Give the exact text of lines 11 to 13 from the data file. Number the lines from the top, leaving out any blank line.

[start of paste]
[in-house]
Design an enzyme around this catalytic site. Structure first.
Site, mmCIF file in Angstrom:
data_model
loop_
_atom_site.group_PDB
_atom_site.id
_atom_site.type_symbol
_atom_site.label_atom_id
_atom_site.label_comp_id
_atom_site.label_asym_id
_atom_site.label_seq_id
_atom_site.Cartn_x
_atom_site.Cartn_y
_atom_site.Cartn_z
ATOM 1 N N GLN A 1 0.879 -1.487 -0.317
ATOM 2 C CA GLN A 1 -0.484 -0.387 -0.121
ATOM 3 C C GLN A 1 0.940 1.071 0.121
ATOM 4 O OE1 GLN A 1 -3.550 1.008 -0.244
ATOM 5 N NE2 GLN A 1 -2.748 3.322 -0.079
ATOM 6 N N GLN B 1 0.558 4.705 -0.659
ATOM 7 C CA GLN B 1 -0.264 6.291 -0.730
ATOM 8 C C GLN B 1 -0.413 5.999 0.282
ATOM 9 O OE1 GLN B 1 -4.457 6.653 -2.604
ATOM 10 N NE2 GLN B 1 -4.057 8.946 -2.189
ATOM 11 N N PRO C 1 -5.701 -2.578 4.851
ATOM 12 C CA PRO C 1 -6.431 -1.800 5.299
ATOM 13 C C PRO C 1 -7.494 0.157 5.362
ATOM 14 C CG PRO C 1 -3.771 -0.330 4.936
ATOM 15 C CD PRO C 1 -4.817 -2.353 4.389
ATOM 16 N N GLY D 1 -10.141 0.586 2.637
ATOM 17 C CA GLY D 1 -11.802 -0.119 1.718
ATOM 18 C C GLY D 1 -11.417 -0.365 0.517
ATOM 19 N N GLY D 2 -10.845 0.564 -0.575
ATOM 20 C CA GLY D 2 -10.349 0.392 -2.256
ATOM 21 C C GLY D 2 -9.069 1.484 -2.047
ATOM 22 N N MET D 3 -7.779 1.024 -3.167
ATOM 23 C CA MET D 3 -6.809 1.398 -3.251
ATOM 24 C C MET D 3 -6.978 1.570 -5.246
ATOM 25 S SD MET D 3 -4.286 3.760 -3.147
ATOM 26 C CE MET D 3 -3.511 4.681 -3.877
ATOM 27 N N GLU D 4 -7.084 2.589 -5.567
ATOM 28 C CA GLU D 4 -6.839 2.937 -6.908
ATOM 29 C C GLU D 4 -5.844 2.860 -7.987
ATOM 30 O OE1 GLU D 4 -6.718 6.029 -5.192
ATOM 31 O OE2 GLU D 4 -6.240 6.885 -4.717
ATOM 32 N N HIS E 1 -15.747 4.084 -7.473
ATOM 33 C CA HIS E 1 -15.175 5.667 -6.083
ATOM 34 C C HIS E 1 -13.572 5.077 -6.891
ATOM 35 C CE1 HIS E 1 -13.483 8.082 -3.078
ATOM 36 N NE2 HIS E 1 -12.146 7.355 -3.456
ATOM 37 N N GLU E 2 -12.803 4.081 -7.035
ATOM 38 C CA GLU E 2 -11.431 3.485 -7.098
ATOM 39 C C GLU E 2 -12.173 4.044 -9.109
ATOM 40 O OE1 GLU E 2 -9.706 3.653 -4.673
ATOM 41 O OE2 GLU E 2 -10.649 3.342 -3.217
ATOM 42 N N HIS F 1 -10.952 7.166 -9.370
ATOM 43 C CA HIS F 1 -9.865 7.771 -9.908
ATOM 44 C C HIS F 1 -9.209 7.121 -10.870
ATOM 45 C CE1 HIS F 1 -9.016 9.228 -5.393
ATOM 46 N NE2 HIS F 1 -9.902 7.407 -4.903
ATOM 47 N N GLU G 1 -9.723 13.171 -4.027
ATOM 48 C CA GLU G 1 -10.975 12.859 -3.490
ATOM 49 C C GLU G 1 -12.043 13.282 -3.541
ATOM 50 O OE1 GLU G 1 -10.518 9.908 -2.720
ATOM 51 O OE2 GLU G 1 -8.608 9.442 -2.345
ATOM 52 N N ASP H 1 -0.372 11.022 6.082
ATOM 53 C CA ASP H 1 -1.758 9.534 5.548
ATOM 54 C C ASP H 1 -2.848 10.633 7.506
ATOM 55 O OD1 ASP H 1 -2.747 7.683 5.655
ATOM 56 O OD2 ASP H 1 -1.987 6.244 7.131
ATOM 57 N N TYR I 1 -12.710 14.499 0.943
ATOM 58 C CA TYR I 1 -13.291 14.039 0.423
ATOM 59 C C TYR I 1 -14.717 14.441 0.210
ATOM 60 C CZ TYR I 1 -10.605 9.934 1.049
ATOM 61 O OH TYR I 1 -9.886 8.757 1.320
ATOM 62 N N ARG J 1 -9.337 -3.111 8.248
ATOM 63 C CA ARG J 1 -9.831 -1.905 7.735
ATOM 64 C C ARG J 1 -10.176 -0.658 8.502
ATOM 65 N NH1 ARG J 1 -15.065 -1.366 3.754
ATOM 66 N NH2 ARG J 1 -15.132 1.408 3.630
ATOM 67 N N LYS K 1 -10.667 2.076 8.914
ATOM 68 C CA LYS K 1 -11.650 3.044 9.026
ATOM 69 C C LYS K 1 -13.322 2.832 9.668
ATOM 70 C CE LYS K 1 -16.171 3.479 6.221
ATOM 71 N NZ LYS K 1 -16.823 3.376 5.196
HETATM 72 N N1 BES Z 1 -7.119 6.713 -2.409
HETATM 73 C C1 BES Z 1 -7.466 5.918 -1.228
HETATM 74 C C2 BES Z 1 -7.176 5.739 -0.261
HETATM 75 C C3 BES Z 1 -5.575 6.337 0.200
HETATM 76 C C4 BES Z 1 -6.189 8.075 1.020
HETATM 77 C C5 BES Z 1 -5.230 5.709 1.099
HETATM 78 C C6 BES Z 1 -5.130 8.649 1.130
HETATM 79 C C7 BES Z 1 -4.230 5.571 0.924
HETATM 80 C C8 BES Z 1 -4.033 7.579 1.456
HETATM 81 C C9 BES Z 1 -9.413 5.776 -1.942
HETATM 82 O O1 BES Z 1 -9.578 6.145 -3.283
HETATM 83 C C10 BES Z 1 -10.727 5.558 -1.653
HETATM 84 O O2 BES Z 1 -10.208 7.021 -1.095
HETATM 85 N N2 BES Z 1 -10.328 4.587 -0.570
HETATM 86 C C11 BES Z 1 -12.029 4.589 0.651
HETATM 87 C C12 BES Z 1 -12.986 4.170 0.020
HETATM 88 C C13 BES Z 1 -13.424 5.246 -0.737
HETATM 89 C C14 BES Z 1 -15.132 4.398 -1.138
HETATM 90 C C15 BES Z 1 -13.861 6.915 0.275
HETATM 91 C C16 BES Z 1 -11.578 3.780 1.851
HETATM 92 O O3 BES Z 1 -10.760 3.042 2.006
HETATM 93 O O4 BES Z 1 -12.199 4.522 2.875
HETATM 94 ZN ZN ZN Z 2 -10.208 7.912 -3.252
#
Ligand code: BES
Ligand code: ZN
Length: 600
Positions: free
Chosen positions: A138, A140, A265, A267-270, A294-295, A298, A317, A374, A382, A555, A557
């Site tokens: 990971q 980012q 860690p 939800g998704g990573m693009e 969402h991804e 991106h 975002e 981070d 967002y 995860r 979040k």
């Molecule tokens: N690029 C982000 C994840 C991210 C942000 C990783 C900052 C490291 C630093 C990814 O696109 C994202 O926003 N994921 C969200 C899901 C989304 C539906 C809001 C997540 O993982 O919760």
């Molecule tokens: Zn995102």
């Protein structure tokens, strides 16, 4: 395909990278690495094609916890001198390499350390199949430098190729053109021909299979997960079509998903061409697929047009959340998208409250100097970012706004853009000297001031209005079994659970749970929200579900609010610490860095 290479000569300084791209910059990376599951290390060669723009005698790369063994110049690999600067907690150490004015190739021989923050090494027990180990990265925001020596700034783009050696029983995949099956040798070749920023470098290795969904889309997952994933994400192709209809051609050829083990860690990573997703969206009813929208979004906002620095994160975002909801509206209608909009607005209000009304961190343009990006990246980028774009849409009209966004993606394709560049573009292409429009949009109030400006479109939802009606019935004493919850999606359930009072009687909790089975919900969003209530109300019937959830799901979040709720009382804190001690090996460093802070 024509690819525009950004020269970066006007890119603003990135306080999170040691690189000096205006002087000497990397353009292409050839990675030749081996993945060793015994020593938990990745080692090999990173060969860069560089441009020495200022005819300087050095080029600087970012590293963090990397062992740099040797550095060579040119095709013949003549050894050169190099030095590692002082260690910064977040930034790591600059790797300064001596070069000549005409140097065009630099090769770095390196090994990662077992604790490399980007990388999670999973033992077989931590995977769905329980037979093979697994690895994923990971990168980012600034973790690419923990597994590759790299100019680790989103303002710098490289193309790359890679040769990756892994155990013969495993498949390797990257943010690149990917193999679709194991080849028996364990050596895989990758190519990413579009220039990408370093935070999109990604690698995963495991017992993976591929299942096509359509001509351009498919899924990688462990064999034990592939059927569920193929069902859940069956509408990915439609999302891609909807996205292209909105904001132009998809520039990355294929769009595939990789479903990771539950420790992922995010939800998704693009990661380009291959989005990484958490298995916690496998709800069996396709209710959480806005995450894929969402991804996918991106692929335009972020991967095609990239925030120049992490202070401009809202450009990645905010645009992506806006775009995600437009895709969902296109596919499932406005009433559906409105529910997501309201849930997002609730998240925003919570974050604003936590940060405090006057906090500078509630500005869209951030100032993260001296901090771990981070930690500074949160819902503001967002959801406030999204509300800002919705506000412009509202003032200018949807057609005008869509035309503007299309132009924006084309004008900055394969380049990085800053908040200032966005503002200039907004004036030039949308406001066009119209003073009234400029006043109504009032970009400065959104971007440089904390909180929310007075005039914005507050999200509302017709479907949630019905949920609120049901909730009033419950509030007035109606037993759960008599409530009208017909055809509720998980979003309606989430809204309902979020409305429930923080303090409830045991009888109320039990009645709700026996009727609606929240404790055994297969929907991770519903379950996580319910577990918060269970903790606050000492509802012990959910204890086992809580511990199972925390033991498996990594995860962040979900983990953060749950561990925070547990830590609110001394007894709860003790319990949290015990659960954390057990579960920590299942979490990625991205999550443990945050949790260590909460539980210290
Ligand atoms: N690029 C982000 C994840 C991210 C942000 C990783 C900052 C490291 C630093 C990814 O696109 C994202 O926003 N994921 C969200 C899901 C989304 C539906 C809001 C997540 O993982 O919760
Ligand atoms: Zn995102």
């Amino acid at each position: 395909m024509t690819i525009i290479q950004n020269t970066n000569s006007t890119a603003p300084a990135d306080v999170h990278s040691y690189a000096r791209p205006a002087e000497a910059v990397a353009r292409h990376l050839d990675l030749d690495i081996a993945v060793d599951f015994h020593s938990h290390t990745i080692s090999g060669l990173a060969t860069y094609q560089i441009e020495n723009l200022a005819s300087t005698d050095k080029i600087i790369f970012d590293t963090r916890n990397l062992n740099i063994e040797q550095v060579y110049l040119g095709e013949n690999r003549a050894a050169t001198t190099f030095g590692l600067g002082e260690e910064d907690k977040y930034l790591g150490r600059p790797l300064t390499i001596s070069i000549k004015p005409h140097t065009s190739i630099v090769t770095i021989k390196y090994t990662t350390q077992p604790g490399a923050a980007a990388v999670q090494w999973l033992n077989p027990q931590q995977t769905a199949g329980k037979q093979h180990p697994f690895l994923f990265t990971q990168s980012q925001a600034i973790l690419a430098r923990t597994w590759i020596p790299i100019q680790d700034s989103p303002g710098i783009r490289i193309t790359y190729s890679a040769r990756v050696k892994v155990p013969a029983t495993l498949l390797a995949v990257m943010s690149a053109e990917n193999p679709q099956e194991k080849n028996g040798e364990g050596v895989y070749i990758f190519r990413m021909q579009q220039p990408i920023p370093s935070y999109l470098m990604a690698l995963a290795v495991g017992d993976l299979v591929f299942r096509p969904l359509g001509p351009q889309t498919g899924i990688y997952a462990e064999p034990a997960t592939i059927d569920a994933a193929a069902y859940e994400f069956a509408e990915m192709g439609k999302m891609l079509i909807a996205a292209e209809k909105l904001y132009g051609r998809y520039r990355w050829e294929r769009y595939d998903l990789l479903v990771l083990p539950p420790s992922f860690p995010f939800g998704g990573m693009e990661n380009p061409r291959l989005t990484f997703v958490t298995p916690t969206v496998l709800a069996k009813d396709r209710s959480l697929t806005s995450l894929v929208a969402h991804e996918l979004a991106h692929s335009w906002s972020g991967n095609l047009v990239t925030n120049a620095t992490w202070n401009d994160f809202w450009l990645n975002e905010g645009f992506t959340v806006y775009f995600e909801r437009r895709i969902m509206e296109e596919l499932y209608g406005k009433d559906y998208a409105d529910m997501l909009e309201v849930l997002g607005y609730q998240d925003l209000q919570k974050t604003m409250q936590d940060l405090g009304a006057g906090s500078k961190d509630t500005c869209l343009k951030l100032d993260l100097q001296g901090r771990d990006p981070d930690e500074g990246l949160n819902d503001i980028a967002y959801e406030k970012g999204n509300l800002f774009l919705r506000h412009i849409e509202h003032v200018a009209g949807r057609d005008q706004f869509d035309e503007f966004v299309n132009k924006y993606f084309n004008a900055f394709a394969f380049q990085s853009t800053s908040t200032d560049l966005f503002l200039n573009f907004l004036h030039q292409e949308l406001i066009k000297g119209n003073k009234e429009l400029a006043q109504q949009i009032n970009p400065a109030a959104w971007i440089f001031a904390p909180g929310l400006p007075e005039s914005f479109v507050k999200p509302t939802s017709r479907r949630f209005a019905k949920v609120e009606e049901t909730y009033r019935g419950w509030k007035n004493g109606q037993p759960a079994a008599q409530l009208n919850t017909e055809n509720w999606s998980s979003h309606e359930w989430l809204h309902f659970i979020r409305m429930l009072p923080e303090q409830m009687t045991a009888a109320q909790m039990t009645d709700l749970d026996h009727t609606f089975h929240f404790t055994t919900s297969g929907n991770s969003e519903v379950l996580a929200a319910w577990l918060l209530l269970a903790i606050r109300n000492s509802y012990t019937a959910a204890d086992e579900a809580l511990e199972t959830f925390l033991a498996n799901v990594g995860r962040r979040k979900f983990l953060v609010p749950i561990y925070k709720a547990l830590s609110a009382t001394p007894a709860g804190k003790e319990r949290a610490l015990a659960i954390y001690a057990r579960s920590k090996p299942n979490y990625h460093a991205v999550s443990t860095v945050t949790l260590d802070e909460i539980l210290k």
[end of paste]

_atom_site.label_asym_id
_atom_site.label_seq_id
_atom_site.Cartn_x